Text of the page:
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Subject: Chop, Chop - The Board Game Family review rss

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Trent Howell
United States
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A game called “Guillotine” sure doesn’t sound like a fun family game. And believe me, when I first heard about the Guillotine card game, I quickly wrote it off as well. But I later heard more about it and it sounded light and fun. So I bought a copy a few years ago and have enjoyed playing it with both family and friends.

As you may expect, the theme of Guillotine is about executing French nobles. However, the implementation of the game feels a lot different than the theme. This is not a gory game with blood and death. It just as easy could be about inviting nobles to a ball where you’re trying to get the highest ranking nobles to your festivities.

While it’s not about a royal gala, Guillotine is still silly fun.

How to play Guillotine
Guillotine is a simple card game with a simple objective – collect the most points. Players gain points by ‘beheading’ important nobles.

As mentioned above though, there isn’t any gore or violence in the game play. All players really do is collect the card in the front of the line. And as you can see from the pictures, the each nobel card just has an image of faces and a number indicating how many points it’s worth.

There are 2 decks of cards: 50 Noble cards and 60 Action cards. The game takes place over 3 rounds or “days” with players going in turn by playing an Action card (optional) and then collecting a Noble card.

To start the game, each player gets 5 Action cards. Then day 1 begins by placing 12 Noble cards face-up, in a line on the table. The noble card on the right side is first in line – the next to be collected.

The first player can choose to play an Action card and then will collect the Noble at the front of the line and add it to their nobel score pile. If the noble at the front of the line is worth more points, the player will most likely just take the noble. But most of the fun in Guillotine is in using the Action cards to mix things up a bit and get the nobles you want.

The Action cards allow players to change things up a bit. For example, they may allow players to move nobles around in the line (skip ahead, fall back, rearrange, switch the front, etc.), draw more cards, or even take or switch up Action cards from other players.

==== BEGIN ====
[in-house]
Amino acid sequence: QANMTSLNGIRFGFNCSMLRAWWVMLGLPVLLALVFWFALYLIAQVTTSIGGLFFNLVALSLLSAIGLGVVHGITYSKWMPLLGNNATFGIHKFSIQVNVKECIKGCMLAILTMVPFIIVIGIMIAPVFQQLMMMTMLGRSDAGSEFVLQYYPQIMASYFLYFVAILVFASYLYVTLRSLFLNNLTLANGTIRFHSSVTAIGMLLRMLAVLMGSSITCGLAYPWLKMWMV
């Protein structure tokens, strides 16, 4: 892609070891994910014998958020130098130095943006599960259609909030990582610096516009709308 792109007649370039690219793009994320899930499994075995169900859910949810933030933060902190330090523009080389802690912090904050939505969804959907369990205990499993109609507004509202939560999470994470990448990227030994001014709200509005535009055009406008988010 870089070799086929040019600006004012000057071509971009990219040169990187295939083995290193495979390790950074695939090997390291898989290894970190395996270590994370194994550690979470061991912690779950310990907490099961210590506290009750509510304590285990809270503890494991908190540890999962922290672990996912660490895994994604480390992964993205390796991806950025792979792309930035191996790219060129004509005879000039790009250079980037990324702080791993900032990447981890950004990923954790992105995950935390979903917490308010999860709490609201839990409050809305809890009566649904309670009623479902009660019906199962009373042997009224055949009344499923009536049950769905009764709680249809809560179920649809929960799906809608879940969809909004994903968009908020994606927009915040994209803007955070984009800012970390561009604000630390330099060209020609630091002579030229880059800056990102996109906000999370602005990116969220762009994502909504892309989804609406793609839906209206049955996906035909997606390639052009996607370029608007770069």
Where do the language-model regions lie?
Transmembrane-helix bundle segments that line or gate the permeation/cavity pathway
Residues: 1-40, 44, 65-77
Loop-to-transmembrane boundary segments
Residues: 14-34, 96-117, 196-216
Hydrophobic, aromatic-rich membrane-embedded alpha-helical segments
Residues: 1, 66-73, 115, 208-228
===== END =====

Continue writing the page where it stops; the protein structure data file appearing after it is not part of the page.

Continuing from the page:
After collecting a Noble card, the player draws an Action card (whether they played one or not) and play moves to the next player.

After the last nobel card in the line is collected, day 1 ends and day 2 begins by laying out 12 more Noble cards in line. Players keep their hand of Action cards and play continues beginning with the player to the left of the person that started day 1.

Like we said – it’s a very simple card game of grabbing the most points.

Can the whole family enjoy Guillotine?
While Guillotine is a fun family card game, it’s not for everyone in the family. The game box indicates ages 12+. Our guess is that’s mostly because of the theme. Because the simplicity of the game play definitely allows for younger kids to play. However, players also need to be able to read.

All the Action cards require reading and some of the Noble cards do too. And while it’s a card game with inherent luck, there is definitely strategy involved as well because of the manipulation using the Action cards. So players will do well to keep their wits about them.

As we mentioned at the beginning though, Guillotine could be played with a different theme in mind if you’d like to simplify it for younger kids. Play it as though you’re inviting high ranking nobles to a party and they’re lining up to get in your castle. The first of the line will come in next unless you play a card to change up the line.

How does Guillotine score on the “Let’s Play Again” game meter?
Guillotine is so simple to play and doesn’t take too long that it’s easy to set up and play again.
Since it’s a card game, it’s also very easy to travel with – very easy to throw in your bag and take with you to your next family or friends gathering.
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